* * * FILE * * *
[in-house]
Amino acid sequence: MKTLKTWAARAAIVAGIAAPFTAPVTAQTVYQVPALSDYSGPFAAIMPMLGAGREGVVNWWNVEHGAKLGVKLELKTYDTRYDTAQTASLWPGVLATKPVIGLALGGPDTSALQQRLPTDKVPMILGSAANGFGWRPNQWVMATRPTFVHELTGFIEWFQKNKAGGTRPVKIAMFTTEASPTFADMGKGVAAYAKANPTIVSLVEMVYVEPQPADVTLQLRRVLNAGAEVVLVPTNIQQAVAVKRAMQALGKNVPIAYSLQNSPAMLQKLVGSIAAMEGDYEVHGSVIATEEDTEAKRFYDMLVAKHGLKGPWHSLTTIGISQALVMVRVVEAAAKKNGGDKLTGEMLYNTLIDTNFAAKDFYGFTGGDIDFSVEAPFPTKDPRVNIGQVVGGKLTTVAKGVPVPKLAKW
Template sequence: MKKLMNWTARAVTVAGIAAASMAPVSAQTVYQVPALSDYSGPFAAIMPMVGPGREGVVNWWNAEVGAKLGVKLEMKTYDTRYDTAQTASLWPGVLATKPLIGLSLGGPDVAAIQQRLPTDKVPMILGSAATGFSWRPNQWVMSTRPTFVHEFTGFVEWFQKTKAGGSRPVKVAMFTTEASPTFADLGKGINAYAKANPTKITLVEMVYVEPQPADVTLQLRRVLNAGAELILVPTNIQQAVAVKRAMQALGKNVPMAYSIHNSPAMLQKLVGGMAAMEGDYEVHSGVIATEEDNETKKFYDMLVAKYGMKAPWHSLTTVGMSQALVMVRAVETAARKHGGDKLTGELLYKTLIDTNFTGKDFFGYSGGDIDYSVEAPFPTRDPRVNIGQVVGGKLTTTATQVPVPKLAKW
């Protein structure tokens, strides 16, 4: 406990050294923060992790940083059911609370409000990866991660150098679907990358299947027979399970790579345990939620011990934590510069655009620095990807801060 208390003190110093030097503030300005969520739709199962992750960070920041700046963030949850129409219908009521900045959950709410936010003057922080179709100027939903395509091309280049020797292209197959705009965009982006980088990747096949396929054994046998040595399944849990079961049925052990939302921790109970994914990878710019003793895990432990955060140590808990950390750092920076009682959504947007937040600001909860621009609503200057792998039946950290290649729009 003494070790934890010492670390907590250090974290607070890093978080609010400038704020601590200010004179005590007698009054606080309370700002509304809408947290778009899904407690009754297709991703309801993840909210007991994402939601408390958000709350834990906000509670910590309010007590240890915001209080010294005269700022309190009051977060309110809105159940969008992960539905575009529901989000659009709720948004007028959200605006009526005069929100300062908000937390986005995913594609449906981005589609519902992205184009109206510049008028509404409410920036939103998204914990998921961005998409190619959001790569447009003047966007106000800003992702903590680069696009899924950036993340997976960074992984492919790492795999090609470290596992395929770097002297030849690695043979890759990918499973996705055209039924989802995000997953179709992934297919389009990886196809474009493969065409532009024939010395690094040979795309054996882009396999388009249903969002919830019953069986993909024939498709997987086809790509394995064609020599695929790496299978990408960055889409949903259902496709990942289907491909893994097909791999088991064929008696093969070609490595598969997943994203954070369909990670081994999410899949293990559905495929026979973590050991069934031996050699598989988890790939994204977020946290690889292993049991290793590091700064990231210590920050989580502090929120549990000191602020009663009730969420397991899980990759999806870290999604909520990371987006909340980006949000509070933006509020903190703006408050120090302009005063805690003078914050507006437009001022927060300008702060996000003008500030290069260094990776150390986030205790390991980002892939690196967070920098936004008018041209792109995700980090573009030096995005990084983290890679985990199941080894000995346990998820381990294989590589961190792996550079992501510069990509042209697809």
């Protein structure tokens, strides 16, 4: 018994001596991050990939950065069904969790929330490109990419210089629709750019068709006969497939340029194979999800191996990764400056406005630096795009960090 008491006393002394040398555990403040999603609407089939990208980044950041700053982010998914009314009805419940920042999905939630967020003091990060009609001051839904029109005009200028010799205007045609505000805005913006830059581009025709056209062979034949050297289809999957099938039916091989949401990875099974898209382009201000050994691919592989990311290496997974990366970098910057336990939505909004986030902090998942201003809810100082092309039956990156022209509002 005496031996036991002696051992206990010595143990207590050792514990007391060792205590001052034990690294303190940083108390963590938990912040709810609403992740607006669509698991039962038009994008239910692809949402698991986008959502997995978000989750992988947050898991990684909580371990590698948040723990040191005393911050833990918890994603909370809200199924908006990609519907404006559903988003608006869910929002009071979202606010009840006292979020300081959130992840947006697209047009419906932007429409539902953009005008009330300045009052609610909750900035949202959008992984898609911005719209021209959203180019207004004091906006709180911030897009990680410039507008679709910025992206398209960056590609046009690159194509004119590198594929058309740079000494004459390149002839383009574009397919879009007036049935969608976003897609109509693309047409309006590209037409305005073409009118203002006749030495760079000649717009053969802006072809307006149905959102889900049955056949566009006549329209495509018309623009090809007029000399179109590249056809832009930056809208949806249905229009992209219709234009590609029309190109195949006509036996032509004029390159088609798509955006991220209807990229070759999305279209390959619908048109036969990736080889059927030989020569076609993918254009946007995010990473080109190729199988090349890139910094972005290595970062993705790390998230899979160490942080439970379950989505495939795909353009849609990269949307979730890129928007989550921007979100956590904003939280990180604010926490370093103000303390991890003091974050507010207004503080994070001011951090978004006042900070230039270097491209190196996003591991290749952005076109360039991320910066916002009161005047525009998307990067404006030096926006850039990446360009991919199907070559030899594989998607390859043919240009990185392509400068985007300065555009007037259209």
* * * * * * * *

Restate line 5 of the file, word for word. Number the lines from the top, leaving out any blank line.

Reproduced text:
């Protein structure tokens, strides 16, 4: 018994001596991050990939950065069904969790929330490109990419210089629709750019068709006969497939340029194979999800191996990764400056406005630096795009960090 008491006393002394040398555990403040999603609407089939990208980044950041700053982010998914009314009805419940920042999905939630967020003091990060009609001051839904029109005009200028010799205007045609505000805005913006830059581009025709056209062979034949050297289809999957099938039916091989949401990875099974898209382009201000050994691919592989990311290496997974990366970098910057336990939505909004986030902090998942201003809810100082092309039956990156022209509002 005496031996036991002696051992206990010595143990207590050792514990007391060792205590001052034990690294303190940083108390963590938990912040709810609403992740607006669509698991039962038009994008239910692809949402698991986008959502997995978000989750992988947050898991990684909580371990590698948040723990040191005393911050833990918890994603909370809200199924908006990609519907404006559903988003608006869910929002009071979202606010009840006292979020300081959130992840947006697209047009419906932007429409539902953009005008009330300045009052609610909750900035949202959008992984898609911005719209021209959203180019207004004091906006709180911030897009990680410039507008679709910025992206398209960056590609046009690159194509004119590198594929058309740079000494004459390149002839383009574009397919879009007036049935969608976003897609109509693309047409309006590209037409305005073409009118203002006749030495760079000649717009053969802006072809307006149905959102889900049955056949566009006549329209495509018309623009090809007029000399179109590249056809832009930056809208949806249905229009992209219709234009590609029309190109195949006509036996032509004029390159088609798509955006991220209807990229070759999305279209390959619908048109036969990736080889059927030989020569076609993918254009946007995010990473080109190729199988090349890139910094972005290595970062993705790390998230899979160490942080439970379950989505495939795909353009849609990269949307979730890129928007989550921007979100956590904003939280990180604010926490370093103000303390991890003091974050507010207004503080994070001011951090978004006042900070230039270097491209190196996003591991290749952005076109360039991320910066916002009161005047525009998307990067404006030096926006850039990446360009991919199907070559030899594989998607390859043919240009990185392509400068985007300065555009007037259209």